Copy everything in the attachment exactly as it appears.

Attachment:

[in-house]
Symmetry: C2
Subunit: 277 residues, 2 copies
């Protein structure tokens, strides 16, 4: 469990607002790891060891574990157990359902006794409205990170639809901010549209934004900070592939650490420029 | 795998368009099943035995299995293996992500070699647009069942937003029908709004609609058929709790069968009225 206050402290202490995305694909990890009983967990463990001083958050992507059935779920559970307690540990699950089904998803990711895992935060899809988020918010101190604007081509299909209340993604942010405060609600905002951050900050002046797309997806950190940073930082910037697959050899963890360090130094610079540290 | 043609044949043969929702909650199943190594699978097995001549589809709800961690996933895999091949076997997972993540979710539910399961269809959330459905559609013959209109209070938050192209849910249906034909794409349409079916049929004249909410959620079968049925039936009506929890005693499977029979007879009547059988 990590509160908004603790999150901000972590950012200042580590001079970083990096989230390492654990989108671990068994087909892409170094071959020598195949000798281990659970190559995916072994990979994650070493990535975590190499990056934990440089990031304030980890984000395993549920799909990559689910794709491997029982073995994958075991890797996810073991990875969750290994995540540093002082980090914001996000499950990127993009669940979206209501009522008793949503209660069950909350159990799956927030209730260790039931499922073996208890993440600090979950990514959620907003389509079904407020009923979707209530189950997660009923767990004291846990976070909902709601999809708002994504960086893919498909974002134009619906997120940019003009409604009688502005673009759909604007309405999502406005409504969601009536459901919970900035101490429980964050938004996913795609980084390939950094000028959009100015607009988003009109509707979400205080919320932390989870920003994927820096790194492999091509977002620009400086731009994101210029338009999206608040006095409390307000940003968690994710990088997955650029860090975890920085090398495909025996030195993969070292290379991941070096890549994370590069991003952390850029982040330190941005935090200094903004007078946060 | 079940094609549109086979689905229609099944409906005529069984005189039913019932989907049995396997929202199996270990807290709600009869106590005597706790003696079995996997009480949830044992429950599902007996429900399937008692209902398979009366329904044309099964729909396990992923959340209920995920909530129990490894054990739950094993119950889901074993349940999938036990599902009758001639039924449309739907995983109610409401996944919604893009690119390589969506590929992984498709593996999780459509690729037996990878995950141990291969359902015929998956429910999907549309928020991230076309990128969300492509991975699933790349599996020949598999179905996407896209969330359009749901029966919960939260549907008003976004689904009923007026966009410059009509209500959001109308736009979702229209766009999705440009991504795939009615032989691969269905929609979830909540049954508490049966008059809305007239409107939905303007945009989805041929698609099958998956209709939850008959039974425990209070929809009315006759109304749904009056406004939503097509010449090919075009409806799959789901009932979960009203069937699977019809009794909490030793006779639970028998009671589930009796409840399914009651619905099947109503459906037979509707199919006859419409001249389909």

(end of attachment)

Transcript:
[in-house]
Symmetry: C2
Subunit: 277 residues, 2 copies
């Protein structure tokens, strides 16, 4: 469990607002790891060891574990157990359902006794409205990170639809901010549209934004900070592939650490420029 | 795998368009099943035995299995293996992500070699647009069942937003029908709004609609058929709790069968009225 206050402290202490995305694909990890009983967990463990001083958050992507059935779920559970307690540990699950089904998803990711895992935060899809988020918010101190604007081509299909209340993604942010405060609600905002951050900050002046797309997806950190940073930082910037697959050899963890360090130094610079540290 | 043609044949043969929702909650199943190594699978097995001549589809709800961690996933895999091949076997997972993540979710539910399961269809959330459905559609013959209109209070938050192209849910249906034909794409349409079916049929004249909410959620079968049925039936009506929890005693499977029979007879009547059988 990590509160908004603790999150901000972590950012200042580590001079970083990096989230390492654990989108671990068994087909892409170094071959020598195949000798281990659970190559995916072994990979994650070493990535975590190499990056934990440089990031304030980890984000395993549920799909990559689910794709491997029982073995994958075991890797996810073991990875969750290994995540540093002082980090914001996000499950990127993009669940979206209501009522008793949503209660069950909350159990799956927030209730260790039931499922073996208890993440600090979950990514959620907003389509079904407020009923979707209530189950997660009923767990004291846990976070909902709601999809708002994504960086893919498909974002134009619906997120940019003009409604009688502005673009759909604007309405999502406005409504969601009536459901919970900035101490429980964050938004996913795609980084390939950094000028959009100015607009988003009109509707979400205080919320932390989870920003994927820096790194492999091509977002620009400086731009994101210029338009999206608040006095409390307000940003968690994710990088997955650029860090975890920085090398495909025996030195993969070292290379991941070096890549994370590069991003952390850029982040330190941005935090200094903004007078946060 | 079940094609549109086979689905229609099944409906005529069984005189039913019932989907049995396997929202199996270990807290709600009869106590005597706790003696079995996997009480949830044992429950599902007996429900399937008692209902398979009366329904044309099964729909396990992923959340209920995920909530129990490894054990739950094993119950889901074993349940999938036990599902009758001639039924449309739907995983109610409401996944919604893009690119390589969506590929992984498709593996999780459509690729037996990878995950141990291969359902015929998956429910999907549309928020991230076309990128969300492509991975699933790349599996020949598999179905996407896209969330359009749901029966919960939260549907008003976004689904009923007026966009410059009509209500959001109308736009979702229209766009999705440009991504795939009615032989691969269905929609979830909540049954508490049966008059809305007239409107939905303007945009989805041929698609099958998956209709939850008959039974425990209070929809009315006759109304749904009056406004939503097509010449090919075009409806799959789901009932979960009203069937699977019809009794909490030793006779639970028998009671589930009796409840399914009651619905099947109503459906037979509707199919006859419409001249389909």